GIS Has Transformed the Washington Metropolitan Transit Authority
Route to success
Geographic Information System (GIS) mapping has become a standard in the transit industry, providing customers with real-time predictions for arrivals and departures. The technology allows transit systems to better track trains and buses, providing useful data to better manage operations and delays. As transit agencies are challenged to do more with less, GIS can also be leveraged to provide safer, better service to riders in a changed environment.
One of Esri’s GIS clients, is the Washington Metropolitan Area Transit Authority (Metro), one of the largest transit agencies in the US, spanning multiple cities and states including Maryland, Virginia, and Washington, D.C. The transit agency supports fixed-route bus services (Metrobus), rapid transit (Metrorail), paratransit (MetroAccess) and its own Metro Transit Police Department (MTPD).
Through GIS technology, Metro and transit agencies across the country are able to gain operational efficiencies, bring greater certainty to management decision-making and maximize dwindling budgets while maintaining safe operations. In this context, highly accurate locational information provided by GIS may prove invaluable in terms of infrastructural and operational awareness.
Esri introduced its GIS software to Metro to support service planning, bringing together a wide range of demographic data, stop and route data, along with passenger count and activity data to help design the most appropriate and efficient routes. This technology continues to support Metro’s dedicated GIS analysts to help with their analysis, and route planning activities.
In addition, ArcGIS Business Analyst and other Esri supplied data is used by Metro’s long range planning group to look at longer range forecasts and growth areas for future service. This group looks at land use, economic development and other variables to determine the best locations for future expansion plans.
After joining Metro in 2016, Chief Information Officer Al Short, oversaw a significant expansion of GIS.
“The rail division didn’t have an integrated system to provide accurate location data to support asset and maintenance management,” said Short. “Using GIS we were able to create a uniform system and efficiencies saving both time and resources.”
The rail maintenance division used Maximo, which lacked a very precise location component associated with their assets. As a result, each engineer had to create individual location data for their assets with no uniform system leading to inconsistencies when trying to locate assets in the field.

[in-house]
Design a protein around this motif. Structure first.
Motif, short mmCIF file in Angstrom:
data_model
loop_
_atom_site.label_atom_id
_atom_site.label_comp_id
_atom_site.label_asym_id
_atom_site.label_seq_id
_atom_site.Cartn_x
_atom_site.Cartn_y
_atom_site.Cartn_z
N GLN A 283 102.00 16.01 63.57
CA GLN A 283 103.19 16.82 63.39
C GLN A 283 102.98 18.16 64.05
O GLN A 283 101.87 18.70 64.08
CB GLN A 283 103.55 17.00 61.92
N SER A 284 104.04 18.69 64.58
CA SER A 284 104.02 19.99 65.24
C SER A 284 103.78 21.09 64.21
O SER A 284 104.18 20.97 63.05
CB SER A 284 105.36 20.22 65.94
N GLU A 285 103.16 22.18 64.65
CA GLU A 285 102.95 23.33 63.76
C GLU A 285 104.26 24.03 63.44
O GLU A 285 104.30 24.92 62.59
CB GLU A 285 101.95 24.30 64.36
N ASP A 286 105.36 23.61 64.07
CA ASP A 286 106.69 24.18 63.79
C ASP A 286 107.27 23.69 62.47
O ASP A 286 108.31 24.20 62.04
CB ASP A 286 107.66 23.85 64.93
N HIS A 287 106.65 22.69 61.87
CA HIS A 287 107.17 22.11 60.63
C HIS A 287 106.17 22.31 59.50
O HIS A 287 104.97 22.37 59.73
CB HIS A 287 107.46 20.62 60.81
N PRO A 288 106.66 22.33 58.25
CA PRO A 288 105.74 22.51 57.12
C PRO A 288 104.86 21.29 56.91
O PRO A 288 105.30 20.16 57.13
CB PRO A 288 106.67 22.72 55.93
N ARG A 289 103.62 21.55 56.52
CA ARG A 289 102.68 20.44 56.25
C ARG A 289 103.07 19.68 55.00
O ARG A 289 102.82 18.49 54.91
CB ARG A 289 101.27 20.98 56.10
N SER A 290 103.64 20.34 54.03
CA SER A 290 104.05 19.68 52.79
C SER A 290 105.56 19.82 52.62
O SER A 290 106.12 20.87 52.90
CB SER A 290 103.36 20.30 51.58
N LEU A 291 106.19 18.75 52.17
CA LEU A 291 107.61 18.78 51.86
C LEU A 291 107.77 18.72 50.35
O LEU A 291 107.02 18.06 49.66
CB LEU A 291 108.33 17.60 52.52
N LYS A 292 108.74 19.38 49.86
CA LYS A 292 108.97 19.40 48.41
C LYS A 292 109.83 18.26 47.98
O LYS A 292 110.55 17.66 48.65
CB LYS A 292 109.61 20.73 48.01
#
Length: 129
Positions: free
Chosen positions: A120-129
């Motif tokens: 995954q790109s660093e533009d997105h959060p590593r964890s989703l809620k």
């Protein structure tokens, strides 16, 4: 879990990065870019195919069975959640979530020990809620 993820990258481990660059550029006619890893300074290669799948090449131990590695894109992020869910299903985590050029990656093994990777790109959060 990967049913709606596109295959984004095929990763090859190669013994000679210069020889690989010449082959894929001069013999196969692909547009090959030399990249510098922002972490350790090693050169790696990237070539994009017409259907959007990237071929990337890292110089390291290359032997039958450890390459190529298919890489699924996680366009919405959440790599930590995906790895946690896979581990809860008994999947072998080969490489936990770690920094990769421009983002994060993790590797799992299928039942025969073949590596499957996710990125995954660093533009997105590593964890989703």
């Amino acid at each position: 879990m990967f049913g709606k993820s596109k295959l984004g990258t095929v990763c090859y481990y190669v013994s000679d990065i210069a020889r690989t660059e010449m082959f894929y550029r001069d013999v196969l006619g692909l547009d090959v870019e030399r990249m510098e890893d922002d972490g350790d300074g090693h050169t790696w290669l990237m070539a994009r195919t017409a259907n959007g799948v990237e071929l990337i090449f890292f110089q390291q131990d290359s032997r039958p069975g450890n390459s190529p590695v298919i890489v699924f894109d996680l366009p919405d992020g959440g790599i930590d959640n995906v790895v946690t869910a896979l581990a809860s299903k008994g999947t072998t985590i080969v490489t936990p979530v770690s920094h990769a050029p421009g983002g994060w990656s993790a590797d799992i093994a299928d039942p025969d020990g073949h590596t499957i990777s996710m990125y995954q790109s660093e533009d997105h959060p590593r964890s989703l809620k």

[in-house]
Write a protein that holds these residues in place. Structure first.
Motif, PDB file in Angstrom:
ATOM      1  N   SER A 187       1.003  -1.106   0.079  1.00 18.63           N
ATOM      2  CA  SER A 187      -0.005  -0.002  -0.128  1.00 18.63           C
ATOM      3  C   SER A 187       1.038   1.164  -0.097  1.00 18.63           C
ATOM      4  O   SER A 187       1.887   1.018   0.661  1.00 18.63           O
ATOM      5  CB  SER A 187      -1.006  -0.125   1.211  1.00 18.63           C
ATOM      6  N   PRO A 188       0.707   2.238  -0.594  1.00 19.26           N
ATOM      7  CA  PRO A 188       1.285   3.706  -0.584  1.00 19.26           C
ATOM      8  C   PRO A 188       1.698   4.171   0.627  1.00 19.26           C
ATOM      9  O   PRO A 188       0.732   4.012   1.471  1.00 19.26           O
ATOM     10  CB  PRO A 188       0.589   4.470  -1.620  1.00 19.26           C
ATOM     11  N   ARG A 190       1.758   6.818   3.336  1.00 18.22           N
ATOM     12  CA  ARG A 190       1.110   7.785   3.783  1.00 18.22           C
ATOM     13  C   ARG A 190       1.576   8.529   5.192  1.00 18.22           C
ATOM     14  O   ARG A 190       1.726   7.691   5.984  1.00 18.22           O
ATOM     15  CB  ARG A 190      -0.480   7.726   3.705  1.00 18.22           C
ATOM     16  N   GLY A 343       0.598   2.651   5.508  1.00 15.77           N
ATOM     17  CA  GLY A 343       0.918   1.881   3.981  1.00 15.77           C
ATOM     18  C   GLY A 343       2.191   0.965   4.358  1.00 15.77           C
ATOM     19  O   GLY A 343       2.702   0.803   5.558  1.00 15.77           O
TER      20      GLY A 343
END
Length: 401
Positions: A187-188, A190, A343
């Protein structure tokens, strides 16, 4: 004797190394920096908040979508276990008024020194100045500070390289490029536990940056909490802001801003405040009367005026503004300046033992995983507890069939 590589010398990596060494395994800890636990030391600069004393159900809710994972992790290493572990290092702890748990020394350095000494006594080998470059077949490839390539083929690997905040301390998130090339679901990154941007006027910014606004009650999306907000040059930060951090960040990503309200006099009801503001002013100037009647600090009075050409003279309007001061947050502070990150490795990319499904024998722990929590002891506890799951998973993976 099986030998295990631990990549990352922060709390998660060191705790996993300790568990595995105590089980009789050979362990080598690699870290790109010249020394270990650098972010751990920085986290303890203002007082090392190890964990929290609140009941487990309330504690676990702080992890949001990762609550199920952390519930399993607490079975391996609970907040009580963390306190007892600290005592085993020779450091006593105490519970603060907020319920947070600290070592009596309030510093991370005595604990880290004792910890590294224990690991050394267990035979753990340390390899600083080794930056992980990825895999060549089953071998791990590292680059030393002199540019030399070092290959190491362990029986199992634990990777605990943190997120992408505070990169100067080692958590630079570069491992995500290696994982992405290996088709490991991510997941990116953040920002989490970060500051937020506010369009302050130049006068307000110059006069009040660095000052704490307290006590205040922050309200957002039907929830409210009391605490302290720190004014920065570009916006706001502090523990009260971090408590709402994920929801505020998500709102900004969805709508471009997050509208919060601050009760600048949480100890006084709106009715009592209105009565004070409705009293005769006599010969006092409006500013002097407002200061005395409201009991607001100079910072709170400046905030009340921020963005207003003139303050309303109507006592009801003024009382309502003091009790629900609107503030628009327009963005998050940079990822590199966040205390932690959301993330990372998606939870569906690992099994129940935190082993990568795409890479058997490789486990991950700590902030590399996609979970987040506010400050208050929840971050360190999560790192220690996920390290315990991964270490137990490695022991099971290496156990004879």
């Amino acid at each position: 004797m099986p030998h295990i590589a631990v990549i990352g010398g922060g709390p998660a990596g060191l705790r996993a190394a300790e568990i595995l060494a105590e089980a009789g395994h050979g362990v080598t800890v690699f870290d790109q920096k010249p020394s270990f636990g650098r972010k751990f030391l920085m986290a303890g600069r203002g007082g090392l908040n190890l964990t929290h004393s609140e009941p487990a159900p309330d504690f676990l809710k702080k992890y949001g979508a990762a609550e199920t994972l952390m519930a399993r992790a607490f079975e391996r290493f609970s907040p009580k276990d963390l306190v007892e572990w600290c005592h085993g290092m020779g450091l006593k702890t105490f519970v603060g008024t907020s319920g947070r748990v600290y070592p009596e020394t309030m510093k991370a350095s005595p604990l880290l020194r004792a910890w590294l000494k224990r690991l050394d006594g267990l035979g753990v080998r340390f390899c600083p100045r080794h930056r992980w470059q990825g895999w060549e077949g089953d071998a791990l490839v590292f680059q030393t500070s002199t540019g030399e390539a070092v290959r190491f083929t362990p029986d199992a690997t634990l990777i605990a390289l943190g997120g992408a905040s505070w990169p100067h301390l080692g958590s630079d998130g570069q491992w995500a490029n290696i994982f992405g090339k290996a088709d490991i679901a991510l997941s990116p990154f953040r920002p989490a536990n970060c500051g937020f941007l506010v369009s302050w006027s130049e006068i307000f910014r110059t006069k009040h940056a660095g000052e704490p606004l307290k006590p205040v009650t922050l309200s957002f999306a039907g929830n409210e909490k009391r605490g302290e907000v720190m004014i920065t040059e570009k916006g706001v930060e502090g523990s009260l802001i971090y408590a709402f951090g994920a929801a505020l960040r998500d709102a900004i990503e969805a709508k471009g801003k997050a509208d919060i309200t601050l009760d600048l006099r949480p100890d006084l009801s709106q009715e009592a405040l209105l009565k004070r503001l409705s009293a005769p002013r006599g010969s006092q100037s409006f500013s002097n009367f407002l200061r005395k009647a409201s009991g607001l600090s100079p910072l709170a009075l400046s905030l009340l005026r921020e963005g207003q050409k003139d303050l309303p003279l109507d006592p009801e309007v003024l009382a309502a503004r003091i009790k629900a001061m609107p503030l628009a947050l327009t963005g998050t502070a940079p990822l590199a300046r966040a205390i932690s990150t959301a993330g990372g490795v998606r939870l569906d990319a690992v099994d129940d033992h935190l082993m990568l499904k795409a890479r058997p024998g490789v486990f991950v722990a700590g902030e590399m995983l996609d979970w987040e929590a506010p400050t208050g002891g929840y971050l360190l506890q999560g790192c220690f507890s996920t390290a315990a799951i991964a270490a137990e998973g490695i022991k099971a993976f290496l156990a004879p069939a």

Metro utilized GIS to create a single linear referencing system (LRS) to manage the rail assets. All track, switch, signaling and communication assets were put into the GIS with proper location referencing. The LRS was linked to GIS based track charts, allowing the engineers and maintenance workers to more easily locate assets in the field. With the comprehensive rail GIS asset database, they could now link to Maximo to provide a single, precise location for each asset.
Metro continued to innovate, capitalizing on GIS to develop at least a dozen applications designed to help engineers quickly locate assets, convert between different measurement systems, and locate assets both in the real world and on track charts in the field. Some of the latest techniques in AI and machine learning were applied to extract location from text descriptions that cannot be easily geocoded or located. The GIS staff took advantage of newly emerging technologies to extract text descriptions and convert those into a more precise LRS location.
The positional information, combined with easy-to-use interactive maps, is now used to drive work orders. This includes scheduling, materials estimation and accurate details of time back into service — something that is hugely important in terms of managing customer expectations and maintaining good communications.